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Justice Scalia's Legal Legacy07:06

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Supreme Court Justice Antonin Scalia testifies during a hearing before the Senate Judiciary Committee October 5, 2011 on Capitol Hill in Washington, D.C. The justice testified on "Considering the Role of Judges Under the Constitution of the United States." (Alex Wong/Getty Images)closemore
Supreme Court Justice Antonin Scalia testifies during a hearing before the Senate Judiciary Committee October 5, 2011 on Capitol Hill in Washington, D.C. The justice testified on "Considering the Role of Judges Under the Constitution of the United States." (Alex Wong/Getty Images)

From his colorful dissents to his controversial theories of constitutional "originalism," Justice Antonin Scalia changed the U.S. Supreme Court - and American legal thought - forever. Princeton University professor of jurisprudence Robert George joined Here & Now's Robin Young to discuss Scalia's powerful legal legacy.

Interview Highlights: Robert George

You considered Justice Scalia a friend?

“Oh yes, we were good friends and he visited frequently at Princeton and I took my students down for visits to the Supreme Court. He hosted us for oral arguments and met with the students privately. I also knew him and his wife, Maureen, and their family quite well."

What will he be remembered for?

“Originalism is his legacy, it’s the idea that the Constitution is the text. Things should not be imported into the text that are not there, and that the judge in interpreting the text should be guided by the original understanding of the words on the page, that is, the words as they were understood by the public, by the people who ratified those words, making them part of the fundamental law of the land.”

Give us some examples of when he held fast to that style of thinking.

“Famously of course, he is a critic of Roe v. Wade, the abortion decision that created a legal right to abortion across all 50 states. Scalia regarded this as an ‘abomination,’ not because he was pro-life, which of course he was, but rather because he believed what the court had done in this case is simply read into the Constitution something that was not there, thus depriving the people, the democratically constituted people, of their authority under the Constitution to decide what the law would be. Now, the very same Justice Scalia, applying the very same principles, ruled that the burning of the American flag constitutes protected speech under the 1st Amendment and therefore may not be criminalized. Now Scalia certainly opposed the burning of the American flag. He was a fierce patriot and I suspect that he would have had no sympathy whatsoever, in fact I can tell you for sure he had no sympathy whatsoever for radicals, be they of the right or the left, who would do something like burn the American flag, and yet he felt that the constitutional principle of free speech, as historically and originally understood, forbade states or the national government from prohibiting the burning of the flag. He was willing to follow the logic of his originalism wherever it led. He famously said that if a judge does not sometimes hand down rulings that go contrary to his own political judgement, then the judges are not being faithful to the Constitution.”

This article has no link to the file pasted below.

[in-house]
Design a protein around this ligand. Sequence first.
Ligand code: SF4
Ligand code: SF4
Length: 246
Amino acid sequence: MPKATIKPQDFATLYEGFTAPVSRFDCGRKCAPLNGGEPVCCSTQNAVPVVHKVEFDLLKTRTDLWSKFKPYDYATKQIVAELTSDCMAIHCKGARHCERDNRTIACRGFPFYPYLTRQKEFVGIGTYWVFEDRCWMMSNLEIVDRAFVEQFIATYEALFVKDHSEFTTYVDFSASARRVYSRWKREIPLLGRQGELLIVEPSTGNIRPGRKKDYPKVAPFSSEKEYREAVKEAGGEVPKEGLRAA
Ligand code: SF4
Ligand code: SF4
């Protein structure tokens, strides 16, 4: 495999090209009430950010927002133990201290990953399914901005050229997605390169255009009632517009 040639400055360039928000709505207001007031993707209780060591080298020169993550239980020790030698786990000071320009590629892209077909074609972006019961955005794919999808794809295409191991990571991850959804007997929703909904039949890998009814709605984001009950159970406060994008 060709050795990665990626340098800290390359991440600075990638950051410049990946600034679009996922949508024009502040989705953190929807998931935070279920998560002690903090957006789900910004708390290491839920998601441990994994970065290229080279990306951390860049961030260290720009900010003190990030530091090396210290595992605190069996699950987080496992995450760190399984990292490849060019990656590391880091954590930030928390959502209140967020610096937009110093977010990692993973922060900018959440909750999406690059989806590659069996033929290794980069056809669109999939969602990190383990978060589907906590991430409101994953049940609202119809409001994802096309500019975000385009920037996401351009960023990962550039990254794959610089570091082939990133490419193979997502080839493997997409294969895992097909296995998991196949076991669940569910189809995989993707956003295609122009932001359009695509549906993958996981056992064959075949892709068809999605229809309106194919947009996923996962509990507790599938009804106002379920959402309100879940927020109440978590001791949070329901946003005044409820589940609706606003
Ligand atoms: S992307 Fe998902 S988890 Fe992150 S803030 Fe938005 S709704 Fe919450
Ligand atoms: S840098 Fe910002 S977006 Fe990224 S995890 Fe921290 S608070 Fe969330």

On his tactics, choice of words and comments on previous court decisions

“Well, I wouldn’t say they were tactics. If I can refer to them by the name his friends used, it was ‘Nino being Nino.’ I don’t think he had an alternative, he could not be anyone other than himself. There was a certain irascibility about him, there was no question about that, and certainly an insistence on speaking his mind, but despite his rough and tumble play with his fellow justices, he was able to maintain very good friendships. Indeed, his closest friend was the member of the court ideologically furthest from him - Ruth Bader Ginsburg. They were old and dear friends going all the way back to when they served together on the U.S. Court of Appeals for the District of Columbia circuit before they went on to the Supreme Court.”

On a student’s interaction with Scalia about the subject of homosexuality

“What Scalia was doing was pointing out that an objection to conduct need not reflect animus against the person who engages in the conduct. It’s a simple idea, it’s also true, it has the great advantage of being true, but sometimes unless you looked very closely or were charitable in reading him, people would find what he said offensive.”

Scalia said to the student, “if we cannot have moral feelings against homosexuality, can we have it against murder, can we have it against these other things? Of course we can.” But some may still find that offensive.

“Yes, and that particular student did. I think he was wrong to [find it offensive]. He might think that I was wrong to think that he was wrong about that. He certainly thought that Scalia was wrong. But we really value our students speaking up and I’m glad that he didn’t feel intimidated, he felt entirely open, and Scalia encouraged that, by the way. He not only would argue aggressively himself, he would have no objection to people arguing aggressively back toward him, as this student did. I thought it was just a wonderful moment.”

Guest

  • Robert George, professor of jurisprudence at Princeton University and a visiting professor at Harvard University. He tweets @McCormickProf.

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